Brief History of Massage

Massage may be the oldest and simplest type of health care. Egyptian tomb paintings show people being massaged. Massage has been practiced continually since ancient times in Eastern cultures. It was one of the principal ways of relieving pain for Greek and Roman physicians. Julius Caesar was thought to have been given an everyday massage to take care of neuralgia (nerve pain). In the 5th Century B.C., the father of Western medicine, Hippocrates wrote in the book The Physician Must Be Experienced IN LOTS OF Things, “but assuredly in rubbing… for rubbing can bind a joint that’s too loose, and loosen a joint that’s too rigid.”

Massage lost some of its value and prestige with the unsavory image developed by “massage parlors.” This image is fading as people gain the understanding that massage can relieve disease together with aid in relaxation. As more folks learn about the benefits of massage and it’s relation to disease, the more acceptable it’ll become.

Massage is now found in intensive care units, for children, seniors, babies in incubators, and patients with cancer, AIDS, heart attacks, or strokes. Most American hospices involve some kind of bodywork therapy available, and it is frequently offered in health centers, drug treatment clinics, and pain clinics.

Common Types of Massage

Massage therapists can specialize in more than 80 various kinds of massage, called modalities. Swedish massage, deep-tissue massage, reflexology, acupressure (much like acupuncture but without needles), sports massage, and neuromuscular massage are simply a few of the many approaches to therapeutic massage. Most massage therapists focus on several modalities, which require different techniques. Some use exaggerated strokes within the length of a body part (including the leg), while others use quick, percussion-like strokes with a cupped or closed hand. A massage can be as long as 2-3 3 hours or as short as 5 or ten minutes. Usually, the type of massage given depends upon the client’s needs and physical condition. For example, therapists could use special techniques for elderly clients that they wouldn’t normally use for athletes, plus they would use approaches for clients with injuries that could not be befitting clients seeking relaxation. Also, some types of massage are given solely to 1 type of client; for instance, prenatal massage and infant massage receive to women that are pregnant and new mothers, respectively.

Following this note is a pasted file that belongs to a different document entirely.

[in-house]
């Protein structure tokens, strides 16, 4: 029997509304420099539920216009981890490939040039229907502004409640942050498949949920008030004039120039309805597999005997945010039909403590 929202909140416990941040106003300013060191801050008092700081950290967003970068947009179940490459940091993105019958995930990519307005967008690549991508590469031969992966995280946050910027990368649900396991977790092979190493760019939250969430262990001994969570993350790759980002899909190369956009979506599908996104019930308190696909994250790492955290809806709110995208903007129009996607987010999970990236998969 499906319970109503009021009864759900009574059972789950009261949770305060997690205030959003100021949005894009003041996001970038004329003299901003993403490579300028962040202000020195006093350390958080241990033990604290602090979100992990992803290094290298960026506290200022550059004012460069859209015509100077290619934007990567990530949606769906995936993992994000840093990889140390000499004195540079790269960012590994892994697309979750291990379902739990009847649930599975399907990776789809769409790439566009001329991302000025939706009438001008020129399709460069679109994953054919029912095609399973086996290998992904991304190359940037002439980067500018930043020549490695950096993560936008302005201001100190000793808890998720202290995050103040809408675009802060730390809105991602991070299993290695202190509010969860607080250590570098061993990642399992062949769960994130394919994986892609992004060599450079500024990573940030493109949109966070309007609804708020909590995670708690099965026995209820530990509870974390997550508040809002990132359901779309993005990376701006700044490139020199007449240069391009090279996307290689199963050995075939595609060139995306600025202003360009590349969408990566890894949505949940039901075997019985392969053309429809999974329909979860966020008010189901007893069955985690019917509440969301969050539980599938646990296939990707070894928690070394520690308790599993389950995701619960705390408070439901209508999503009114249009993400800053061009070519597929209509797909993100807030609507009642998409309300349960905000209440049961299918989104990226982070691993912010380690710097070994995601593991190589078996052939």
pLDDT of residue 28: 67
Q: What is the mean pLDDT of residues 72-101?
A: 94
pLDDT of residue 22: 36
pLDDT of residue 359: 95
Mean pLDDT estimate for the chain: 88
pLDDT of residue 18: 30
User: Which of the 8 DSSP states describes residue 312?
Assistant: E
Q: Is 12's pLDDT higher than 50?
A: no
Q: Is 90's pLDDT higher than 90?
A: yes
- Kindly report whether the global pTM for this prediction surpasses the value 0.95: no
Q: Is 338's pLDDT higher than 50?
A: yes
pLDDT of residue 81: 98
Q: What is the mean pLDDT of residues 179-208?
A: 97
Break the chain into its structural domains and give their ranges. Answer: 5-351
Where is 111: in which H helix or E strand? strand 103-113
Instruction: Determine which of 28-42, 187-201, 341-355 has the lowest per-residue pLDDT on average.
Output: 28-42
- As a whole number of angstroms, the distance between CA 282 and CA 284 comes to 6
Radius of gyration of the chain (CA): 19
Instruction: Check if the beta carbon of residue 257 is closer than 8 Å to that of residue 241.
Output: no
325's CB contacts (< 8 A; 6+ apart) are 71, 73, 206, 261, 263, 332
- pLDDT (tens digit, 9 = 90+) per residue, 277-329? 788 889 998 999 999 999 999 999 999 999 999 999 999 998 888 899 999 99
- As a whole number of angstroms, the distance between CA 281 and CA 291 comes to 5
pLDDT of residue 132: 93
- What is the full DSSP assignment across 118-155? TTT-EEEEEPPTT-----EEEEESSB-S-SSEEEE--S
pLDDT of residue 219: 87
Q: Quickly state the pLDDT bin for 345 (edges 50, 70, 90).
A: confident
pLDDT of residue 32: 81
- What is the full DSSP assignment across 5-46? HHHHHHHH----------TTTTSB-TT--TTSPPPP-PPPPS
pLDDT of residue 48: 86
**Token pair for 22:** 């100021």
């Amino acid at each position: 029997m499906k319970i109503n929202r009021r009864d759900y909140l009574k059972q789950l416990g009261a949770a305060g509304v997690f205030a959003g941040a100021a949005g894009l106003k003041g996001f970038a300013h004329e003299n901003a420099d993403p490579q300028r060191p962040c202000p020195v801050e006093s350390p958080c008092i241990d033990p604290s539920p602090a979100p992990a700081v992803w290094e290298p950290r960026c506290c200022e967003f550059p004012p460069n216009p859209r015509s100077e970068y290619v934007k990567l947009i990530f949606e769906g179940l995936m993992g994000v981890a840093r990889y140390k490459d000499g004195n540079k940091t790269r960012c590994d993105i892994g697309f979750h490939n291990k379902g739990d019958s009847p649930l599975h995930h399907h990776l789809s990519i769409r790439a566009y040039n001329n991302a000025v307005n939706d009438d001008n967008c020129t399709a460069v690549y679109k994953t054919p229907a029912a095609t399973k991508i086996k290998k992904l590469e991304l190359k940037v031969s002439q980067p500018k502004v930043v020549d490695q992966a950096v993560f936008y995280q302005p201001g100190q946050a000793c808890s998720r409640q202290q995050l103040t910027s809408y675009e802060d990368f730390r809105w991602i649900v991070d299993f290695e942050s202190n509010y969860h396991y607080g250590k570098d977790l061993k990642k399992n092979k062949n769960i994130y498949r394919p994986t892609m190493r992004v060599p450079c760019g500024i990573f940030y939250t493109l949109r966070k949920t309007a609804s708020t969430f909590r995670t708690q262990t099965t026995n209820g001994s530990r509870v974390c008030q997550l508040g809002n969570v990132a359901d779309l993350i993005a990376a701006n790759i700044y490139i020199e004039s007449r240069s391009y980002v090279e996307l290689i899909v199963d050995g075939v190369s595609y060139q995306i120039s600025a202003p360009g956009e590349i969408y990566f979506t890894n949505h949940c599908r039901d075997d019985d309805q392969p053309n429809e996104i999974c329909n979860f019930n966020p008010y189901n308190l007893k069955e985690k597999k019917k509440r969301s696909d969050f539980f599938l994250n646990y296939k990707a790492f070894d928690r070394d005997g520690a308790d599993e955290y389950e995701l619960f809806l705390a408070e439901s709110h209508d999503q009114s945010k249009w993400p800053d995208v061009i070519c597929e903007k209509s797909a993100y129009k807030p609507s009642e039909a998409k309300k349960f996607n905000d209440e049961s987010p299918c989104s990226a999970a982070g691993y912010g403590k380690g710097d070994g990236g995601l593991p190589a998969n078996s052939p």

Benefits of Massage

Massage therapy may be the practice of using touch to manipulate the soft-tissue and muscles of your body. It is performed for a variety of reasons, including treating painful ailments, decompressing tired and overworked muscles, reducing stress, rehabilitating sports injuries, and promoting general health. Clients often seek massage because of its medical benefit and for relaxation purposes, and there is a wide range of massage treatments available.

부달 Massage therapy has benefits, from increasing circulation and immunity to reducing pain from disease and injury. Massage therapy releases the “feel great” hormones, enabling your client to relax and de-stress. If clients neglect to keep stress in check, it could lead to disease and can worsen conditions that already exist.